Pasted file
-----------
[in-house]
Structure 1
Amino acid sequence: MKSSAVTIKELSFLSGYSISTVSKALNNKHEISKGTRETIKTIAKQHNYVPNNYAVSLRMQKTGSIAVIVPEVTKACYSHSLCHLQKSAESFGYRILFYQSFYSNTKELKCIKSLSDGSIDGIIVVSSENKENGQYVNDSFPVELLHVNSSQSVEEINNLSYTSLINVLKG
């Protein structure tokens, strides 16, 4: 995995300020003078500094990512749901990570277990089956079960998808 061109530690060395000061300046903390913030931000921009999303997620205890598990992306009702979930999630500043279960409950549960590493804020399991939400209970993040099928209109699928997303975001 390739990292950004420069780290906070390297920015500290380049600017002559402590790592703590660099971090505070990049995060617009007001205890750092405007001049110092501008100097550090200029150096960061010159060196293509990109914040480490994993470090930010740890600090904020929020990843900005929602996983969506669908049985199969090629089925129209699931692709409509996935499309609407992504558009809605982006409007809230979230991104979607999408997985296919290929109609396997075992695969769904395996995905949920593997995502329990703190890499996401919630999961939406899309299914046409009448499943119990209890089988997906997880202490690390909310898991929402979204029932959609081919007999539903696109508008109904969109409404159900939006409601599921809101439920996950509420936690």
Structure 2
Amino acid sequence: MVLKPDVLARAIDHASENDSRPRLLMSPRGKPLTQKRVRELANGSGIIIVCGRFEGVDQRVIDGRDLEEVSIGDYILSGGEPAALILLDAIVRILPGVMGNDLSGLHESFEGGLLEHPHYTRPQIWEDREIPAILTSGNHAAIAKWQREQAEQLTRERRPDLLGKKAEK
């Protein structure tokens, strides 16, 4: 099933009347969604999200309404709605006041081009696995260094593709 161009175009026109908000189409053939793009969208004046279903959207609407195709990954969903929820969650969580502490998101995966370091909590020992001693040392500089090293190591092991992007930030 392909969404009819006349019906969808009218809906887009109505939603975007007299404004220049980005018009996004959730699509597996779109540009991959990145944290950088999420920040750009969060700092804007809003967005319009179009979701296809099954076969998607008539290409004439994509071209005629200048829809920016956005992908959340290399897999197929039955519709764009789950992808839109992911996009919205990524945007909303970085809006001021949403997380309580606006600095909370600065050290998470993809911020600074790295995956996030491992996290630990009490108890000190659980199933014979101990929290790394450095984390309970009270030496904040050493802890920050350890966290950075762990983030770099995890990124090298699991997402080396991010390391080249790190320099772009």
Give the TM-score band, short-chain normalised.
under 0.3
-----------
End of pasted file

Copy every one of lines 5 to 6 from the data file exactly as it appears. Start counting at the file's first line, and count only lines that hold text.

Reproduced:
Structure 2
Amino acid sequence: MVLKPDVLARAIDHASENDSRPRLLMSPRGKPLTQKRVRELANGSGIIIVCGRFEGVDQRVIDGRDLEEVSIGDYILSGGEPAALILLDAIVRILPGVMGNDLSGLHESFEGGLLEHPHYTRPQIWEDREIPAILTSGNHAAIAKWQREQAEQLTRERRPDLLGKKAEK